Seventh suspect arrested for AKA’s murder

Police Minister Bheki Cele talks about the AKA murder investigation after six men were arrested in connection with the killing of the rapper. Picture: Viasen Soobramoney/IOL

Police Minister Bheki Cele talks about the AKA murder investigation after six men were arrested in connection with the killing of the rapper. Picture: Viasen Soobramoney/IOL

Published Feb 29, 2024


Police on Wednesday confirmed that they have arrested the seventh suspect in connection with the February 2023 murders of rapper Kiernan “AKA” Forbes and his friend, Tebello “Tibz” Motsoane, outside the Wish Restaurant in Durban.

Provincial police spokesperson Colonel Robert Netshiunda confirmed the seventh arrest.

He said the 30-year-old suspect was arrested on Wednesday.

The SAPS said five suspects will appear in court on Thursday, while the other two are being held in neighbouring eSwatini while their extradition process gets under way.

Crime experts on Wednesday welcomed the arrests and praised the police for a professional investigation.

KwaZulu-Natal police commissioner Nhlanhla Mkhwanazi told reporters on Tuesday night that the “mastermind”, two gunmen, two spotters and “the organiser of firearms and vehicles” were all in police custody.

He said some of those arrested were linked to separate murder cases. Mkhwanazi said police worked with Interpol and the eSwatini law enforcement agencies to arrest two suspects hiding there and extradition procedures would be started to bring them to South Africa.

Mkhwanazi hinted that the police had a suspicion of the motive for the murders but would not discuss the matter.

It was revealed that the rapper had been followed from his time of arrival at Durban airport to the restaurant.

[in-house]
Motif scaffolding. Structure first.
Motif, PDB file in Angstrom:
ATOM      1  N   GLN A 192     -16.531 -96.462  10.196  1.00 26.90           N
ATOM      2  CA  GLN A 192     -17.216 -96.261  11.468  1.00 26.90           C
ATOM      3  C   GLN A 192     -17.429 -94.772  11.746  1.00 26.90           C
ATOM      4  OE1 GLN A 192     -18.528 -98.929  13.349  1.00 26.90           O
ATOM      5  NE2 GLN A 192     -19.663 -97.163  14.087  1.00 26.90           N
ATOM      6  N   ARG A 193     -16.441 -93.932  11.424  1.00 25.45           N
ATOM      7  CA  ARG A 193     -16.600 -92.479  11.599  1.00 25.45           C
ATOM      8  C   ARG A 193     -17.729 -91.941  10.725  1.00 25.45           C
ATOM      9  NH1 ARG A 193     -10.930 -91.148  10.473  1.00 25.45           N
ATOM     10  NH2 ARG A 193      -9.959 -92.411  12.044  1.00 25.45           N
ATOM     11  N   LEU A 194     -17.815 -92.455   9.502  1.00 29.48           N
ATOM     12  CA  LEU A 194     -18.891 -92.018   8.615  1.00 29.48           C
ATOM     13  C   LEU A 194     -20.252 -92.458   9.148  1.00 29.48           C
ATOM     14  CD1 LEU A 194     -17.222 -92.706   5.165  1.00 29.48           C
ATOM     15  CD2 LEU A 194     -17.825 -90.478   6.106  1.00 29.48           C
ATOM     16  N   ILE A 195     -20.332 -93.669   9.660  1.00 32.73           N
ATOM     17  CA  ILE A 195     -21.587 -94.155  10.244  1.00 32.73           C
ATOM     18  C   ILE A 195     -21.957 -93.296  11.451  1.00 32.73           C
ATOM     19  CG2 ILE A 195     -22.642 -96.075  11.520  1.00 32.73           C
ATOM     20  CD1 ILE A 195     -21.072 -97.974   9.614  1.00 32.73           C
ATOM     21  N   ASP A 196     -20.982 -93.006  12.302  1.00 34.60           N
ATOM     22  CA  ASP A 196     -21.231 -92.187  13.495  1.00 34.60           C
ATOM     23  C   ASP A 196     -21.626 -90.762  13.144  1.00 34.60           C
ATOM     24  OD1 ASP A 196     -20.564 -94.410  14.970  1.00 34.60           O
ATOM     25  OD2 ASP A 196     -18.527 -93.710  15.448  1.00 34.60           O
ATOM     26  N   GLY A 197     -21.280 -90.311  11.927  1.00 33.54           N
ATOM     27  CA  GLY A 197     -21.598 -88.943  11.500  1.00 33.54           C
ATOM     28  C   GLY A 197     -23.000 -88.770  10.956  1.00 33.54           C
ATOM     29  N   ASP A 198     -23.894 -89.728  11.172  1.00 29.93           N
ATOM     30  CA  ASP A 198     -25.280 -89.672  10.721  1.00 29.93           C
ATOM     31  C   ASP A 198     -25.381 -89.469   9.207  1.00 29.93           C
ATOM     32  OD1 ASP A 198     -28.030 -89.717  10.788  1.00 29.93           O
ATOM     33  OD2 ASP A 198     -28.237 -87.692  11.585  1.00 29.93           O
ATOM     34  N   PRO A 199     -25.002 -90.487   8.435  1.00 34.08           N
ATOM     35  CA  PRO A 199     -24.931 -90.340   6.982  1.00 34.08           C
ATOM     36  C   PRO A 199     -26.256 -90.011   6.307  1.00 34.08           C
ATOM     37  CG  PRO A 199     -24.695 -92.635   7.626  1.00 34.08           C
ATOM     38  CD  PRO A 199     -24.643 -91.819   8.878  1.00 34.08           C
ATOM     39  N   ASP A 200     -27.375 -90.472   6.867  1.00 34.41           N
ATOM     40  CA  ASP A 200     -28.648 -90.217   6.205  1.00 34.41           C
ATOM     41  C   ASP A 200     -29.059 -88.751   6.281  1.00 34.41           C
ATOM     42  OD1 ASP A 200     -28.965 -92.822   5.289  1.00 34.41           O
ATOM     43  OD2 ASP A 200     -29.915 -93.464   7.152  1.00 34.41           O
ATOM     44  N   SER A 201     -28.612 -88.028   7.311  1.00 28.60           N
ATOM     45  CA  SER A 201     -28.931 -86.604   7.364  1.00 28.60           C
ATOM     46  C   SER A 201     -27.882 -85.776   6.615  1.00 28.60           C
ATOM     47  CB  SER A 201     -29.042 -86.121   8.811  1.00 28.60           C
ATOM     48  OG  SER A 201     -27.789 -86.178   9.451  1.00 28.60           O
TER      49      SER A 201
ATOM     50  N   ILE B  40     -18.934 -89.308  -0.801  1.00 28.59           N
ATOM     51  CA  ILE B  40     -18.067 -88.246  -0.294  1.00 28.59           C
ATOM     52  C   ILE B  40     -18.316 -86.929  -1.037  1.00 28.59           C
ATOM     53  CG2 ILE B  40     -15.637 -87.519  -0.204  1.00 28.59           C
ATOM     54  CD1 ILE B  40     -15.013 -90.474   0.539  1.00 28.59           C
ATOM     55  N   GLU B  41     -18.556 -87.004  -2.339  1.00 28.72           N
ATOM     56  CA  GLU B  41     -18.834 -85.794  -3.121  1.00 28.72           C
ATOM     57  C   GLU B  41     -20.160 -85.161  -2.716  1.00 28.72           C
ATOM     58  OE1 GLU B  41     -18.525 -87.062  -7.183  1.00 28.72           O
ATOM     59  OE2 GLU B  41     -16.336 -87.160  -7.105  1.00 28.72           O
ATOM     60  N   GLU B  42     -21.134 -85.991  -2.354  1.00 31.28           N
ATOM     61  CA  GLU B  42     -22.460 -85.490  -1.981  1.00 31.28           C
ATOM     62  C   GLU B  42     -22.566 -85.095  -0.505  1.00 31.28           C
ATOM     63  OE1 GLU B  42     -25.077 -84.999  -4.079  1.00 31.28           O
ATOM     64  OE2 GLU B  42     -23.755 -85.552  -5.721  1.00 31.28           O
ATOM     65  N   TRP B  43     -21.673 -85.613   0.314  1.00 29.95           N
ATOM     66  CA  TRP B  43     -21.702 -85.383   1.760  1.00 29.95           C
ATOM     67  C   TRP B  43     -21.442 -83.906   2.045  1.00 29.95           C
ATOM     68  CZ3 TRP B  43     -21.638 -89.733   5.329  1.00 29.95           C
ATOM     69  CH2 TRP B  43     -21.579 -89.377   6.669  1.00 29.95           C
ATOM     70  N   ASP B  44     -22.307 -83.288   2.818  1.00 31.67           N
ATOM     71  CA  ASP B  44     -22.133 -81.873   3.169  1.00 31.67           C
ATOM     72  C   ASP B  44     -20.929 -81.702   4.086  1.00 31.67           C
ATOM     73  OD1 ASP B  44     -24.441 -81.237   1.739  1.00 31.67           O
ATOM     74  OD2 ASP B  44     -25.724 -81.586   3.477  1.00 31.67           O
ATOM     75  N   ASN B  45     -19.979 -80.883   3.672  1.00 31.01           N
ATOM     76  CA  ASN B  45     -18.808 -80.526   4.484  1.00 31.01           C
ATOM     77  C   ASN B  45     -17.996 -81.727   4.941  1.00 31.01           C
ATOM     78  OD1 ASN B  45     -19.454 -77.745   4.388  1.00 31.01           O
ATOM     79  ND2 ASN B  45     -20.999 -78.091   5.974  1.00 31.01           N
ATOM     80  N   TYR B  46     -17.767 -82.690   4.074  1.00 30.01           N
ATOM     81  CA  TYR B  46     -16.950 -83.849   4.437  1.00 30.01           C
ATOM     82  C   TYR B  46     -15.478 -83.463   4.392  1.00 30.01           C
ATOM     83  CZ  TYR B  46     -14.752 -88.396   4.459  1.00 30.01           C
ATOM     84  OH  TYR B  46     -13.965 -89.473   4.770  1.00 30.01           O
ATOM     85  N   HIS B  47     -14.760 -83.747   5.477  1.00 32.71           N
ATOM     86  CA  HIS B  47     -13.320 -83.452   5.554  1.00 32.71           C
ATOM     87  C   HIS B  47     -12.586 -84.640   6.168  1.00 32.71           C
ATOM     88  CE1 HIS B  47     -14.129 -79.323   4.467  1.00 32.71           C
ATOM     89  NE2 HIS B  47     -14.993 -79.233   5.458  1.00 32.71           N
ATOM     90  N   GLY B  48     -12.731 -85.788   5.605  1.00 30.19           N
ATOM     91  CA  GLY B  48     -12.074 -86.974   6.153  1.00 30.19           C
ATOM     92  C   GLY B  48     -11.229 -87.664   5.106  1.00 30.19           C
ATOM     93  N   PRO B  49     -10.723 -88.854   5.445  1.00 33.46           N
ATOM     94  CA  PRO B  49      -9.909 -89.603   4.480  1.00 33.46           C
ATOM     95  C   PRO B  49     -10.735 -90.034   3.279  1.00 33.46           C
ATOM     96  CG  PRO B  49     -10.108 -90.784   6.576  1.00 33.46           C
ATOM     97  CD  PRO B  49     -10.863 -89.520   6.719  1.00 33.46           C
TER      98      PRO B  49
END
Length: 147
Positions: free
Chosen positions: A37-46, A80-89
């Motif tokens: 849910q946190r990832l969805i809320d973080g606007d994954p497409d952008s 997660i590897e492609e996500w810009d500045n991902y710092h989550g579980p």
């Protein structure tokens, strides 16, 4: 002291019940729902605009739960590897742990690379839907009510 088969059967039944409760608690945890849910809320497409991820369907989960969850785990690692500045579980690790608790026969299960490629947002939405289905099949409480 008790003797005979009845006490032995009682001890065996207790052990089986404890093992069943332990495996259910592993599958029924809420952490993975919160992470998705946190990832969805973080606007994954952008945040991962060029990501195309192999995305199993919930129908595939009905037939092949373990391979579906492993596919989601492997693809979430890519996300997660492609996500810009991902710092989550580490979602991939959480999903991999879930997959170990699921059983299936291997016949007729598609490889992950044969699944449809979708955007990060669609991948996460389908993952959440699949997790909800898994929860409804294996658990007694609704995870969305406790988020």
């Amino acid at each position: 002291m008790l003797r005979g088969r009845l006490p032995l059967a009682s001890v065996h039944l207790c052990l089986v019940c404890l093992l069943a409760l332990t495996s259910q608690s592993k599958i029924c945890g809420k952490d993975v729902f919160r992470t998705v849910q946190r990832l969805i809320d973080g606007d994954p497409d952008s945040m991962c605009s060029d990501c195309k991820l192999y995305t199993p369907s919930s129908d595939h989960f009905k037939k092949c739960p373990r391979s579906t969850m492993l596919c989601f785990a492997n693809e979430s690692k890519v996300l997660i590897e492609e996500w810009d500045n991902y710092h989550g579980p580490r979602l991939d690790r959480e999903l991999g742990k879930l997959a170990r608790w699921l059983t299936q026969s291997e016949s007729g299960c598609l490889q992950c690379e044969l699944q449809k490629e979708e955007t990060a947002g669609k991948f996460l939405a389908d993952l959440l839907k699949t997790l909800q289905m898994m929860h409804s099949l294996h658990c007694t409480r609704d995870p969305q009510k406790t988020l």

Mkhwanazi said it was an intense process to get the suspects arrested in eSwatini.

Police Minister Bheki Cele said the oldest suspect was 36 years old.

“The first suspect was arrested in April 2023. We congratulate the SAPS for refusing the pressure to confirm the arrest as this would have compromised the investigation. We can see the case has spread out with suspects being arrested in eSwatini.”

Chad Thomas, an organised crime investigator from IRS Forensic Investigations, said this was a massive win for the police as some of the suspects had been linked to other unsolved assassination cases. Thomas added that this intelligence-driven and prosecution-guided investigation was able to operate under the radar and it was a good sign for future investigations by the law enforcement agencies.

“What stands out in this investigation is how the state law enforcement agencies picked off the suspects one by one, linking them to other crimes before nailing them all for this high-profile conspiracy that led to the untimely deaths of Forbes and Motsoane.”

Thomas said that the State was sending a clear message that it was serious about breaking the back of crime syndicates.

Gareth Newham, head of the Justice and Violence Prevention Programme at the Institute for Security Studies, said the arrest of the seven suspects was welcome news.

“It does show that we have good detectives who have the capability to investigate cases thoroughly and the ability to solve such crimes. Often crimes of this nature go unsolved. It’s good to see police get on top of this situation.”

Newham added that this investigation also showed why police can’t sometimes explain everything to the public that they know about ongoing investigations.

“It’s important that they don’t tip off suspects. If police were to give us too much information on an ongoing investigation this would result in suspects going into hiding and moving locations, they would destroy evidence and they would threaten witnesses.

“It is always best for police to say as little about an investigation as possible, so they are able to gather enough evidence so that when they arrest and charge the suspects they have all the evidence available to enable a successful prosecution.”

The Mercury